Today we are at a painful and important chapter in modern Israeli history too. When those who had been oppressed use that very oppression to justify oppressing others. When those who fear because of their own losses and terrors cannot see beyond and forget the dream, then hope can be lost. The images from this past week, this past month are haunting. A woman carrying a Torah, marched to a paddy wagon, denied the next day to even carry into Knesset a tallit. A bill passing its first reading in Knesset denying Jewish status to hundreds of thousands of Jews.
The first Shabbat after Tisha B’av is called the Shabbat Nachamu, The Shabbat of Consolation. Despite the images of the last week, there are glimmers of hope—just sparks that need to be fanned, a prime minister restarting peace talks and halting building of settlements, thousands who are signing petitions and making their voices heard both in Israel and in the Diaspora. I have to live in that place of hope.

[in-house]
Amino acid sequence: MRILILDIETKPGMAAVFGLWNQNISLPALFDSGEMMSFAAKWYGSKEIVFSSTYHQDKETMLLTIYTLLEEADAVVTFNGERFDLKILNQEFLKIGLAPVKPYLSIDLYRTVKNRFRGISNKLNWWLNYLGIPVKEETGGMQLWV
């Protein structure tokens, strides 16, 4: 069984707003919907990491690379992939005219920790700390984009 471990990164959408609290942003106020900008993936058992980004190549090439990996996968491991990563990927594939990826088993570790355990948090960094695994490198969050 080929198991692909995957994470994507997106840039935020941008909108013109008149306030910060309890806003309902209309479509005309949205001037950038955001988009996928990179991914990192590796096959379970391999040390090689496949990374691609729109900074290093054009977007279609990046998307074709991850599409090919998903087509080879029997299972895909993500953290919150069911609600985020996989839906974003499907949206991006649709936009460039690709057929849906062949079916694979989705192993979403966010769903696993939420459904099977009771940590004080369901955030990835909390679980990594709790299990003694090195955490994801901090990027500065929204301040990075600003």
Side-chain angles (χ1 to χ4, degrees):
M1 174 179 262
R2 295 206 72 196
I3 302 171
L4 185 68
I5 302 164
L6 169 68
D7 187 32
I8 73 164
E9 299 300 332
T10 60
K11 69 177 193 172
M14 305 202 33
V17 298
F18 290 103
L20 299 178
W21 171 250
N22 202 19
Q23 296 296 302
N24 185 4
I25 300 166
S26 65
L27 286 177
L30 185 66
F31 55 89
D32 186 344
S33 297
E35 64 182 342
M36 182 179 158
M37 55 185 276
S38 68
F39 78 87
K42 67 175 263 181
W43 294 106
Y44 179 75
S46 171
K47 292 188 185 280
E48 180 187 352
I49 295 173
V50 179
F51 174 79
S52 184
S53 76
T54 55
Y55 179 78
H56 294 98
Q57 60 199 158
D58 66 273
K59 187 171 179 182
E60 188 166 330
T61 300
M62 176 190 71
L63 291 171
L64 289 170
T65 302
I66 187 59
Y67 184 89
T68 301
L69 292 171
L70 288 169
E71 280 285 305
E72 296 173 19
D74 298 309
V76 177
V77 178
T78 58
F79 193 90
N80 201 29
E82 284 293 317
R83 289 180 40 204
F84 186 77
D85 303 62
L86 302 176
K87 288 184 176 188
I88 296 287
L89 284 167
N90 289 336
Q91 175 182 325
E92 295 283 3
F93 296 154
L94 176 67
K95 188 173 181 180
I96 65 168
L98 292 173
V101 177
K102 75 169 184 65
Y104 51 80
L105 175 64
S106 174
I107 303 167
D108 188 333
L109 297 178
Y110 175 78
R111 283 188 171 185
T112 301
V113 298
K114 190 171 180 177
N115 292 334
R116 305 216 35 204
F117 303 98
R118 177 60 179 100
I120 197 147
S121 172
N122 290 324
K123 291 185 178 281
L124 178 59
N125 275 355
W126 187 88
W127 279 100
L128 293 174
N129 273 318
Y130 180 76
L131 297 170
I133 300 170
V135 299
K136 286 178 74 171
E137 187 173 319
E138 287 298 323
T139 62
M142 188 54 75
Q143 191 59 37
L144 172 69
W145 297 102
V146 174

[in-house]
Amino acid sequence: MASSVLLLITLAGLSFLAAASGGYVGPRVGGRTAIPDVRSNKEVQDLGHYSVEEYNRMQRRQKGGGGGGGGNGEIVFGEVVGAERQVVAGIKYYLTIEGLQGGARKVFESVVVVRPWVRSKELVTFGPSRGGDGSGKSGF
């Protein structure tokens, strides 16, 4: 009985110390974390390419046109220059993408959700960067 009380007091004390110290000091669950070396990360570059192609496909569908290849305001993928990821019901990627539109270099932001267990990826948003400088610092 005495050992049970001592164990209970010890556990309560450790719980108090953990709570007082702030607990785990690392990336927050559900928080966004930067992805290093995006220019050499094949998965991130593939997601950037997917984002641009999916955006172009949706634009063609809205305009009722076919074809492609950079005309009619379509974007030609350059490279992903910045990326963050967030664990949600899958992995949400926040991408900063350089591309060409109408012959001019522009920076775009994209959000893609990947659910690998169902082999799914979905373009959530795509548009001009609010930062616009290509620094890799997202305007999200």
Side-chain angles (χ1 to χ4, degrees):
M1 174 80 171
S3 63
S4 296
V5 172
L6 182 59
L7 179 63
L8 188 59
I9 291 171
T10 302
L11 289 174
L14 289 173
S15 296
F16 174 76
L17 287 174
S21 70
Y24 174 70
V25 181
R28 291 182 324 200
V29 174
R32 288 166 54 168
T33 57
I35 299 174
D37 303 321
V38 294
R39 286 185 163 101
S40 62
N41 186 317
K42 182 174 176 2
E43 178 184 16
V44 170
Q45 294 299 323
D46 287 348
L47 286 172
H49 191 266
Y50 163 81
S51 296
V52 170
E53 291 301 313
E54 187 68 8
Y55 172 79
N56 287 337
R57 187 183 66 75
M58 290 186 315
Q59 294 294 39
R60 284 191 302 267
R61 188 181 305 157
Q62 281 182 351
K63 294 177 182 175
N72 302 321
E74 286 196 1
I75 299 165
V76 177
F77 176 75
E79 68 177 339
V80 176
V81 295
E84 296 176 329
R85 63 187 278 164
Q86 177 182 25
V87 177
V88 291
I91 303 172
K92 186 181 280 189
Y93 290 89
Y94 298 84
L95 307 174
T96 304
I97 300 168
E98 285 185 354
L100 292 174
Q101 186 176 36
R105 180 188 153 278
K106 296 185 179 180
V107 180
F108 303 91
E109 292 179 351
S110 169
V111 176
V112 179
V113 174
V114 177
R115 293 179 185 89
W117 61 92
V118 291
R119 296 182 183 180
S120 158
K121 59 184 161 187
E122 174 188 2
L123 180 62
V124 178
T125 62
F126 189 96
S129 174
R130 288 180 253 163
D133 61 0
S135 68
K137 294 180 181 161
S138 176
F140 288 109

So today I weep and mourn—both for the destruction of the temples long ago and for what is happening in Israel today. Tomorrow I act again. I stand for peace. I stand for pluralism, here and in Israel. I stand with the prophets who urged us to take care of the widow, the orphan and the stranger, 36 times, just as they urged us to have no foreign gods and not to marry foreign wives. I stand with Israel. Tomorrow I sign more petitions about the conversion bill and urge MKs to vote accordingly. I urge you to do the same.
Links to some interesting sources of information and oppportunities for action about the Rotem bill:
Monday, July 19, 2010